And that has made her reconsider what she values most in life.
A turning point
“When I started my radio career in 2008, I set out with a goal to entertain,” Charmaine says.
“I’ve always wanted to make people happy, to put that smile on people’s faces. I’ve had my own show and the privilege of interviewing many Hollywood stars and that’s wonderful.”
“But in the last two years or so, I reached a point in my career where I was wondering what I was really doing.”
“And I’ve realised that what I really want to do is – with whatever influence I have, whatever voice that I’m given – to inspire and empower people to be more of who they really are.”
“If I can make one person feel better about themselves that day, then I think my job is done,” she says with a smile.
And she hopes that by being open about her life with her brother, people would be more empathetic towards people with special needs, and, if they have special-need people that they care for, feel less alone in their journey.
Charmaine says she has received countless messages from those struggling with mental health, as well as family members of those with autistic children.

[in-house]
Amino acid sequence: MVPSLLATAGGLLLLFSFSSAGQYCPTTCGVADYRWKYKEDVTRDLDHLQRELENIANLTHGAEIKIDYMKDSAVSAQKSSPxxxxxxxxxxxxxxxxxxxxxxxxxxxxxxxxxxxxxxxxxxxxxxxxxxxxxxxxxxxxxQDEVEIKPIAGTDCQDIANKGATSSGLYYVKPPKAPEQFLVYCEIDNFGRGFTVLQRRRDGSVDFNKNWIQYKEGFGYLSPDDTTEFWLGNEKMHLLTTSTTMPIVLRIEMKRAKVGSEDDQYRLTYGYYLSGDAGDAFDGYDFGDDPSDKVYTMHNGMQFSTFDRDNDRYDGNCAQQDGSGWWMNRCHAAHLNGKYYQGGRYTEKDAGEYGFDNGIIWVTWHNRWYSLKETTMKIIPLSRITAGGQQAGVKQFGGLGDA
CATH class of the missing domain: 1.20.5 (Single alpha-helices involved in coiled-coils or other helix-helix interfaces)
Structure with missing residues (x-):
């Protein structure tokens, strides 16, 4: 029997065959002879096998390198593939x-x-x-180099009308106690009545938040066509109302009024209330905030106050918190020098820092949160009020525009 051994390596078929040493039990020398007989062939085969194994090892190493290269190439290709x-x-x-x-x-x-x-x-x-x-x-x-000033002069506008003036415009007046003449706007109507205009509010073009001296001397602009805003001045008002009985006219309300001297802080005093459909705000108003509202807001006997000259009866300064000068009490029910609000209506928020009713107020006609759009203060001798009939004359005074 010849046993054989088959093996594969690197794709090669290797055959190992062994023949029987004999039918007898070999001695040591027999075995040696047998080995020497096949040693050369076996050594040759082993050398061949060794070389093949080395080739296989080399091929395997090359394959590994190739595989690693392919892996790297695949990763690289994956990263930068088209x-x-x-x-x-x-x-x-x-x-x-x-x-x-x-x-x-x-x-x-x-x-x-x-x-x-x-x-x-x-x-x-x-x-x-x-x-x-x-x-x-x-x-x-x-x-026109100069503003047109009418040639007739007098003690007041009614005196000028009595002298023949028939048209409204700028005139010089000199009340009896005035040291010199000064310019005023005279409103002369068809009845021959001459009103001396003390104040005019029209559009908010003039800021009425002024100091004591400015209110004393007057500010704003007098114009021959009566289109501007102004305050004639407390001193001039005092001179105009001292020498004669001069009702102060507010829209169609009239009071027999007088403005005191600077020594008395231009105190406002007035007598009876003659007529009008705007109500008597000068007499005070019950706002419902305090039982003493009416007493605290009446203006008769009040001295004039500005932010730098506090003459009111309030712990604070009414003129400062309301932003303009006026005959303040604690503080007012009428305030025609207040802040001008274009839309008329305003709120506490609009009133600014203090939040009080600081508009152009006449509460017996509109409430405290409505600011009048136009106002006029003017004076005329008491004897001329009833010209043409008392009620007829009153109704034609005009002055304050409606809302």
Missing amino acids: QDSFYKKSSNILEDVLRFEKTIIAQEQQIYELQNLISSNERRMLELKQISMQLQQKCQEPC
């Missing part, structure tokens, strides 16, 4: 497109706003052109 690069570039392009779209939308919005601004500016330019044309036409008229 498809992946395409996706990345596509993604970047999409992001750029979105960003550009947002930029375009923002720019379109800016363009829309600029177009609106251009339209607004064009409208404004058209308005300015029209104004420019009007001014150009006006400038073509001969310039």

She adds that many of us curate our social media to show the glamorous side of our lives. But the reality is that every family has its challenges.
Through thick and thin
At the end of the day, Charmaine and Raymond have a love-hate relationship just like any other sibling.
Charmaine says: “He gets on my nerves. I get on his nerves. When I play my music too loudly, he’ll tell me to turn it down. When he’s messy in the shower, it annoys me. He always pushes my towel to one side of the rack.”
Yet, she wonders about his future, whether he will marry and settle down. Or if he would even get to date someone who empathises and accepts him for who he is.
She admits that they haven’t had that conversation as Raymond is a very private person.
I ask Charmaine what is one thing she would like to say to The Pride’s readers and she pauses for a while before answering.
“I would say that family is everything.”
“All the successes in the world don’t matter if you don’t have family with you. Success in life and success at work is wonderful, but family is most important. So hold them close.”